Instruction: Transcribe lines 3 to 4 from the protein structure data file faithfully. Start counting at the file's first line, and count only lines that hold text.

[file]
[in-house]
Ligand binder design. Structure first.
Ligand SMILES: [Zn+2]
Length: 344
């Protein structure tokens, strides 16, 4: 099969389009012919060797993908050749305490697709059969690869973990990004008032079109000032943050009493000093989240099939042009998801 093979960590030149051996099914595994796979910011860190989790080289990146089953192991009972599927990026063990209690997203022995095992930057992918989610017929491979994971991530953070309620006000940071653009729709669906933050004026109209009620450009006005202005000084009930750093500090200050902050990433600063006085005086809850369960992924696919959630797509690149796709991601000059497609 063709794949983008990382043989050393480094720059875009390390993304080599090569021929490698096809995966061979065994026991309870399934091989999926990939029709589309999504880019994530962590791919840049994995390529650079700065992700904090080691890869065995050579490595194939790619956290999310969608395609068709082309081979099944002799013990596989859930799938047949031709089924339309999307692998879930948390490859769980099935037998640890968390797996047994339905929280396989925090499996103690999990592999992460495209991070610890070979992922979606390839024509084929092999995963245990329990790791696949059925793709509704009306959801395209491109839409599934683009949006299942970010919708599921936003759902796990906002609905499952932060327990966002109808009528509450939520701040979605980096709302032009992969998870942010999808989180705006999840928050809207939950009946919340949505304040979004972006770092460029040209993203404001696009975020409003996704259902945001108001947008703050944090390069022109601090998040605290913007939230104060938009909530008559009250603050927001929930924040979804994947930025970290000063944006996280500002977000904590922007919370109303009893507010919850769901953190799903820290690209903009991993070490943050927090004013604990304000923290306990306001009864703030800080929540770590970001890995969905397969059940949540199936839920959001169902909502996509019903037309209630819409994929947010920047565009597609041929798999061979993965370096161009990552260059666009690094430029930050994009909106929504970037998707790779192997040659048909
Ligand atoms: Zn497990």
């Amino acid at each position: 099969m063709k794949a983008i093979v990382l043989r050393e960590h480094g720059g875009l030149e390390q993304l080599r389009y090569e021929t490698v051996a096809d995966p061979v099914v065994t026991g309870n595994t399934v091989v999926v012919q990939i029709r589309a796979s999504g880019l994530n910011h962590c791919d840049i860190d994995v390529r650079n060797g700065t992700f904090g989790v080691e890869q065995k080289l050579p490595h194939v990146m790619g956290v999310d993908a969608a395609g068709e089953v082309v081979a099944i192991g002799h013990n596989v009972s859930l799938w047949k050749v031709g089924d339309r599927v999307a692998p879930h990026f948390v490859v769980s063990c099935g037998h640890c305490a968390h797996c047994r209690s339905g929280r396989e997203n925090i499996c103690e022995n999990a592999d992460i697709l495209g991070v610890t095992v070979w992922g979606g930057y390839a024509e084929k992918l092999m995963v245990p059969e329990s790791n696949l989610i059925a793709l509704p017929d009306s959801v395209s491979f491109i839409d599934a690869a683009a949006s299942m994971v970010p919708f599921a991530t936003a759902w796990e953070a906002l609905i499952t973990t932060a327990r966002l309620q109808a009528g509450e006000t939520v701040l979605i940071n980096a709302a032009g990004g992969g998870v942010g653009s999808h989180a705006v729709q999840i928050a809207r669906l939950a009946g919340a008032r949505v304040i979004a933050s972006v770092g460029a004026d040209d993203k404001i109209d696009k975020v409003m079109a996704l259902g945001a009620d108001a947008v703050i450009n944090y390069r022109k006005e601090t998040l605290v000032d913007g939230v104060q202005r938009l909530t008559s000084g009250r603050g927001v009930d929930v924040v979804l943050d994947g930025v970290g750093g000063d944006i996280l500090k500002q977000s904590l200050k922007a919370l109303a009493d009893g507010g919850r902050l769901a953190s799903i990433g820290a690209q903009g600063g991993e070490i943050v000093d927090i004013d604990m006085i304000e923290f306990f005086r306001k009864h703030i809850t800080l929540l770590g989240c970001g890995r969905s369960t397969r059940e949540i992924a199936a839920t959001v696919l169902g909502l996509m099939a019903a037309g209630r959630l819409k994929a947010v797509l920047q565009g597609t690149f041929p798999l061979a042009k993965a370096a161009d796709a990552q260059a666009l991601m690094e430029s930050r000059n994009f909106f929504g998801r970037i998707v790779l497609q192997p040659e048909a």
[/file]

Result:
Ligand SMILES: [Zn+2]
Length: 344